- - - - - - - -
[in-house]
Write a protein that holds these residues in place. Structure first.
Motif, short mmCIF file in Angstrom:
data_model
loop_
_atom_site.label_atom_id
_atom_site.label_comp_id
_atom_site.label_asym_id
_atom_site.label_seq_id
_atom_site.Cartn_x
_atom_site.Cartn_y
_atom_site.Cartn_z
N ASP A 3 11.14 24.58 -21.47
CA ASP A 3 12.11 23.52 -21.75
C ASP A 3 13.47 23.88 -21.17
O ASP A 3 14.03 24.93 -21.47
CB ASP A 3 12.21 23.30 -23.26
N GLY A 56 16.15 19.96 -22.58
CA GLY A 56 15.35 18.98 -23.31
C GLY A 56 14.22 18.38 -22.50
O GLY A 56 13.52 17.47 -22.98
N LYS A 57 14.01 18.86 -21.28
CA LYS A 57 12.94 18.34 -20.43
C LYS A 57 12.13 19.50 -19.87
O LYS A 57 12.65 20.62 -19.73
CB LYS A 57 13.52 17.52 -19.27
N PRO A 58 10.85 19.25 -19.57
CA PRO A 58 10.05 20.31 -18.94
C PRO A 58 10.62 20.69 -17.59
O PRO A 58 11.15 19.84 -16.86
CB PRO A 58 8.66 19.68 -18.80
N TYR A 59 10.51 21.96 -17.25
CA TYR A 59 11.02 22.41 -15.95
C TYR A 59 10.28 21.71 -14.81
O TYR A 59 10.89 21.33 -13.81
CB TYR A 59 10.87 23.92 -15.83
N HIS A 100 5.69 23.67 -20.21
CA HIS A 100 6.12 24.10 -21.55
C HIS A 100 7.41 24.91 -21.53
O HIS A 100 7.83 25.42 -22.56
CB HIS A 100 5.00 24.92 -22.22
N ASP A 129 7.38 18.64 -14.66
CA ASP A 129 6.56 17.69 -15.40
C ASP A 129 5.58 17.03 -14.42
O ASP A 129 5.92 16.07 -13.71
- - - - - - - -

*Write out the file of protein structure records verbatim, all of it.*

[in-house]
Write a protein that holds these residues in place. Structure first.
Motif, short mmCIF file in Angstrom:
data_model
loop_
_atom_site.label_atom_id
_atom_site.label_comp_id
_atom_site.label_asym_id
_atom_site.label_seq_id
_atom_site.Cartn_x
_atom_site.Cartn_y
_atom_site.Cartn_z
N ASP A 3 11.14 24.58 -21.47
CA ASP A 3 12.11 23.52 -21.75
C ASP A 3 13.47 23.88 -21.17
O ASP A 3 14.03 24.93 -21.47
CB ASP A 3 12.21 23.30 -23.26
N GLY A 56 16.15 19.96 -22.58
CA GLY A 56 15.35 18.98 -23.31
C GLY A 56 14.22 18.38 -22.50
O GLY A 56 13.52 17.47 -22.98
N LYS A 57 14.01 18.86 -21.28
CA LYS A 57 12.94 18.34 -20.43
C LYS A 57 12.13 19.50 -19.87
O LYS A 57 12.65 20.62 -19.73
CB LYS A 57 13.52 17.52 -19.27
N PRO A 58 10.85 19.25 -19.57
CA PRO A 58 10.05 20.31 -18.94
C PRO A 58 10.62 20.69 -17.59
O PRO A 58 11.15 19.84 -16.86
CB PRO A 58 8.66 19.68 -18.80
N TYR A 59 10.51 21.96 -17.25
CA TYR A 59 11.02 22.41 -15.95
C TYR A 59 10.28 21.71 -14.81
O TYR A 59 10.89 21.33 -13.81
CB TYR A 59 10.87 23.92 -15.83
N HIS A 100 5.69 23.67 -20.21
CA HIS A 100 6.12 24.10 -21.55
C HIS A 100 7.41 24.91 -21.53
O HIS A 100 7.83 25.42 -22.56
CB HIS A 100 5.00 24.92 -22.22
N ASP A 129 7.38 18.64 -14.66
CA ASP A 129 6.56 17.69 -15.40
C ASP A 129 5.58 17.03 -14.42
O ASP A 129 5.92 16.07 -13.71